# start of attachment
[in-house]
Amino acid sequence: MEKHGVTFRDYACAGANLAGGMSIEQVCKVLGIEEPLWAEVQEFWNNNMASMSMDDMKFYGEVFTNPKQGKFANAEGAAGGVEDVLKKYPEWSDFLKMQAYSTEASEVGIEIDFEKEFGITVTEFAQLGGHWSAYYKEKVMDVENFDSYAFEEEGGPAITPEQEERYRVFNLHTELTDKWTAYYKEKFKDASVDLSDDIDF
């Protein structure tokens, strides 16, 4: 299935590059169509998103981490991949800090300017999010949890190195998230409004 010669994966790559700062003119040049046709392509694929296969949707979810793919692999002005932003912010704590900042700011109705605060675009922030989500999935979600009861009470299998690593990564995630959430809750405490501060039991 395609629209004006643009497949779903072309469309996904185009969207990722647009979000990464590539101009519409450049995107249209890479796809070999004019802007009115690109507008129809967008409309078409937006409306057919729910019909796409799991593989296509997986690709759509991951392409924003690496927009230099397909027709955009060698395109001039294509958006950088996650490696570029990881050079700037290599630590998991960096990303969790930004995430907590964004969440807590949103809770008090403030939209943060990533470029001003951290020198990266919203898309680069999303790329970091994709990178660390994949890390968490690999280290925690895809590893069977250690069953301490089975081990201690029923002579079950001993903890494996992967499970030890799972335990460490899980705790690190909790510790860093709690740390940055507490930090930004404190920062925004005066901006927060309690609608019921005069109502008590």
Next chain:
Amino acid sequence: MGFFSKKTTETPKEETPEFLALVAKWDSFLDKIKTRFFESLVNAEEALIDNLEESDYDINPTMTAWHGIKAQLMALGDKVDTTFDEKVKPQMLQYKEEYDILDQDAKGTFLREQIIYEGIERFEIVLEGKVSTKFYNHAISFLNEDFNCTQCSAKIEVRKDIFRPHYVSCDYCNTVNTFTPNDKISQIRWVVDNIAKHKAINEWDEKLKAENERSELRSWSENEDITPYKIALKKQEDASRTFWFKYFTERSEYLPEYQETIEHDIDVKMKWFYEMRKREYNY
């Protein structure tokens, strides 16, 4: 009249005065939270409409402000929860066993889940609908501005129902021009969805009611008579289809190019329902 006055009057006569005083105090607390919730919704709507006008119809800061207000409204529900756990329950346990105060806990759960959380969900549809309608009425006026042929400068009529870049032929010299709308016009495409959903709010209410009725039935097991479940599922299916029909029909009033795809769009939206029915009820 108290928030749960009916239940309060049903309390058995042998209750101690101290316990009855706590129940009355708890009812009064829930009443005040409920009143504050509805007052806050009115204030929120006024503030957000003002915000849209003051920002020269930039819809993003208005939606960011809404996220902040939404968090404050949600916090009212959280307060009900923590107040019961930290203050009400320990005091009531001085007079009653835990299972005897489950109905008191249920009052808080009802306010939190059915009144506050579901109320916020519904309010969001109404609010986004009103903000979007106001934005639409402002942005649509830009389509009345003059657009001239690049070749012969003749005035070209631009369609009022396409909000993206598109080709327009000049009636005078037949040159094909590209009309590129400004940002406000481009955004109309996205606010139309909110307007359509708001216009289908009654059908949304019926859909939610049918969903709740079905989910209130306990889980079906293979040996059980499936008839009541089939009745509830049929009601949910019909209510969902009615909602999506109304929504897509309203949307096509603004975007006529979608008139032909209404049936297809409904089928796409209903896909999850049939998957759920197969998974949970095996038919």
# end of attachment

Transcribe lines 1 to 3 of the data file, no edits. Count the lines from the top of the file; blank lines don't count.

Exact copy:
[in-house]
Amino acid sequence: MEKHGVTFRDYACAGANLAGGMSIEQVCKVLGIEEPLWAEVQEFWNNNMASMSMDDMKFYGEVFTNPKQGKFANAEGAAGGVEDVLKKYPEWSDFLKMQAYSTEASEVGIEIDFEKEFGITVTEFAQLGGHWSAYYKEKVMDVENFDSYAFEEEGGPAITPEQEERYRVFNLHTELTDKWTAYYKEKFKDASVDLSDDIDF
């Protein structure tokens, strides 16, 4: 299935590059169509998103981490991949800090300017999010949890190195998230409004 010669994966790559700062003119040049046709392509694929296969949707979810793919692999002005932003912010704590900042700011109705605060675009922030989500999935979600009861009470299998690593990564995630959430809750405490501060039991 395609629209004006643009497949779903072309469309996904185009969207990722647009979000990464590539101009519409450049995107249209890479796809070999004019802007009115690109507008129809967008409309078409937006409306057919729910019909796409799991593989296509997986690709759509991951392409924003690496927009230099397909027709955009060698395109001039294509958006950088996650490696570029990881050079700037290599630590998991960096990303969790930004995430907590964004969440807590949103809770008090403030939209943060990533470029001003951290020198990266919203898309680069999303790329970091994709990178660390994949890390968490690999280290925690895809590893069977250690069953301490089975081990201690029923002579079950001993903890494996992967499970030890799972335990460490899980705790690190909790510790860093709690740390940055507490930090930004404190920062925004005066901006927060309690609608019921005069109502008590």